It deals - quite openly and non judgmentally - with mental health and it deals with love. 

It's written in a funky, eclectic, in and out, interactive style which involves the reader - makes the reader complicit in the relationship. 

I experimented with the technique in my football hooligan novel UV (not altogether successfully), but every experiment needs its trial and error and I think it works here. 

It was extremely hard to write, coming at a totally miserable time in my life and yet, readers have noticed a deep strain of black humour all the way through the book.

If you read any Thompson - and I hope you do - all his books are flecked with an absurd, surreal sense of humour. You shouldn't laugh but you can't help it.

At heart, I'm an optimistic sort of bloke, but I suffer from sporadic bouts of hardcore Clinical Depression and that kind of vacuums the jokes out of a man.

It is without doubt my most female friendly book. Its a romance, pure and simple. A love story, a bleak love story.

I'll talk about it some more later, but here's what my good friend, avid reader and Wizardwatcher Carolyn had to say. She couldn't get the review onto Amazon, so I put it on the back of the book.

I downloaded this book to my phone using the Kindle App and really enjoyed it.  It tells the story of John Dexter, a complex character who has a history of ill mental health (to put it mildly) and his never ending struggle with everyday life, and in particular his intense feelings for a local barmaid named Carla.  The story is written from his perspective, and with the exception of his time with Carla is very much about the internal dialogue he has to endure on a minute by minute basis.  There is also some reference to life in institutions and the episodes that have lead him there, as well as his dealings with his mother and father.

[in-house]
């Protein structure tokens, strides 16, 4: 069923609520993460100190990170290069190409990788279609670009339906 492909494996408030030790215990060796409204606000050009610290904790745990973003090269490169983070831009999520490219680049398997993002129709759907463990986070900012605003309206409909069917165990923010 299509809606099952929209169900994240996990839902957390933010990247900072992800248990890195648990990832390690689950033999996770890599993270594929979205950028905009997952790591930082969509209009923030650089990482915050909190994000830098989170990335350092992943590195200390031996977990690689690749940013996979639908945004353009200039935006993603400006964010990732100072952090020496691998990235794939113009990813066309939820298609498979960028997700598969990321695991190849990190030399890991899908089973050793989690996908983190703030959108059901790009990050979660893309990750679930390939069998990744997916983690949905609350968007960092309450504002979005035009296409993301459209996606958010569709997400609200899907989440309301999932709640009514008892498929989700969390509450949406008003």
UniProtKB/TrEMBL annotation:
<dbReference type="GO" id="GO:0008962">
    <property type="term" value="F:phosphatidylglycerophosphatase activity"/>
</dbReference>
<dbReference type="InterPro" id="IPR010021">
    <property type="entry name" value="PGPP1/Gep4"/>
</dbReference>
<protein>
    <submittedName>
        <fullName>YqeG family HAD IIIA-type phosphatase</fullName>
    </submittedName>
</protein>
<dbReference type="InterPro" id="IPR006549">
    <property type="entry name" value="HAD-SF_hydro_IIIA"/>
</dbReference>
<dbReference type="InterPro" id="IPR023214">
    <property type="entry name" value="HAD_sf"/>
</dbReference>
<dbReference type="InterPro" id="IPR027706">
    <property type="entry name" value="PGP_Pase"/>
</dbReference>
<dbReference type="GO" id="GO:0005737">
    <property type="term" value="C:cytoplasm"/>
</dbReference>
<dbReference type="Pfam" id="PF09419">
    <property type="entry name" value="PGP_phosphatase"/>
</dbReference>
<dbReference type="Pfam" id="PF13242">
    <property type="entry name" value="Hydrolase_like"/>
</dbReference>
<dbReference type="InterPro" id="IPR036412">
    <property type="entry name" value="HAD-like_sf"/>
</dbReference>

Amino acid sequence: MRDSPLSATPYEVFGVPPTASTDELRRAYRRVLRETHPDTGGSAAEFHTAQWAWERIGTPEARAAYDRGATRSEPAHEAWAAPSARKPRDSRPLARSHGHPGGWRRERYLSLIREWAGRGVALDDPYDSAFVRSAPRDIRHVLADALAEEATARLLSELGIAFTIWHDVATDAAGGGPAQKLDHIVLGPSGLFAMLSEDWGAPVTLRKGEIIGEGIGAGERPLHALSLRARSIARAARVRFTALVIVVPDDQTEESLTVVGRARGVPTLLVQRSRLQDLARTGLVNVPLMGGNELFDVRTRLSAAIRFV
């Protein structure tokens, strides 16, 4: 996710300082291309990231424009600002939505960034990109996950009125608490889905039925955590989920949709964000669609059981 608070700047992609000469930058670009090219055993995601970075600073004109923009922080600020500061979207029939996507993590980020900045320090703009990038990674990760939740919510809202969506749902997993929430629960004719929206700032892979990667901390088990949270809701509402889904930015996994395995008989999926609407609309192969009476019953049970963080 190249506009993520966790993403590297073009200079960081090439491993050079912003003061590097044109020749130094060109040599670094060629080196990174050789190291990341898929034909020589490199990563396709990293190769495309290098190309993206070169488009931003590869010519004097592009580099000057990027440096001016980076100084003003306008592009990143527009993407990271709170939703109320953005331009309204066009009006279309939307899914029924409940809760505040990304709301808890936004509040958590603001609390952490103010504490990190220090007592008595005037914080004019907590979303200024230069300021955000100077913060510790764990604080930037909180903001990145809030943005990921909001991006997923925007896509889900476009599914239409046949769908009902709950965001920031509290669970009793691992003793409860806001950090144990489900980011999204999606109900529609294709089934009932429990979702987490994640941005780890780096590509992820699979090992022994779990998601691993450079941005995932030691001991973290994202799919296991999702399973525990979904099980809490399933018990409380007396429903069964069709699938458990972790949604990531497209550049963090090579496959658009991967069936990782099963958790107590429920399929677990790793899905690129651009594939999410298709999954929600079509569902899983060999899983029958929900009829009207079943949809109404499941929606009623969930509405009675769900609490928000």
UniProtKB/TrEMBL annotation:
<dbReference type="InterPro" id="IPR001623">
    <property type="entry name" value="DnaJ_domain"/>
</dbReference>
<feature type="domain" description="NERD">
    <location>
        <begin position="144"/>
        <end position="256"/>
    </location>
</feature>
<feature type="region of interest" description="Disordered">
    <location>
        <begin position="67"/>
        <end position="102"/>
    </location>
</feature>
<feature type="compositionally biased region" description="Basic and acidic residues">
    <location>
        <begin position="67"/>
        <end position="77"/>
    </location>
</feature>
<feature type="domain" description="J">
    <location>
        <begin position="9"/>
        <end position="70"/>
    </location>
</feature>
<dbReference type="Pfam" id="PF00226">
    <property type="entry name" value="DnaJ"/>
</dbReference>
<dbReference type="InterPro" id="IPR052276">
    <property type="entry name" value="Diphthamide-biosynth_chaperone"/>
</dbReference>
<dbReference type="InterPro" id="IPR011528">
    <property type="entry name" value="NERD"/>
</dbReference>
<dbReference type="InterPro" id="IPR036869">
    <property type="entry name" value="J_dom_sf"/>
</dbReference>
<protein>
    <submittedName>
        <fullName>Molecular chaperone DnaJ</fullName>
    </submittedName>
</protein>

The book is intense and sinewy as it weaves its way through a few months of John’s life.  You find yourself fearing for him and fearing for Carla. I was torn between feeling a great deal of sympathy for him but on the other hand I was also angry at his clumsy and dangerous interactions with the world around him, especially as his feelings for Carla grew and other characters became more involved in the storyline. 

The writer’s take on a character like Dexter appeared to be very informed, respectful, and sensitive whilst peppered with a brutal honesty that at times was difficult to read.  I particularly enjoyed being spoken to directly by the central character especially when I was directed to do a personality disorder test myself, the results of which I found fascinating!!

I would recommend this book to anybody who has an interest in the human psyche, anybody who knows how love can consume the soul and is in itself a form of mental torture, people who live locally to Nottingham and in particular Southwell; might be an interesting insight in to such a place and also this book would appeal to people who aren’t afraid to read material that is not all hearts and flowers but instead is pulsating with a chronic and unrelenting narrative about the inevitability of the central character’s fate.

Hope you enjoy it. You can buy it here. The paperback is pricey at £9.99 which I apologise for, but the Kindle download is £3.08 and you can get free apps for your phone and laptop which translate. You don't need a Kindle.

All the best,

Mark Barry

PS: Apologies for the bit in the middle above. I did something and no matter how I try, I can't get rid of that pesky HTML! Grrrrr....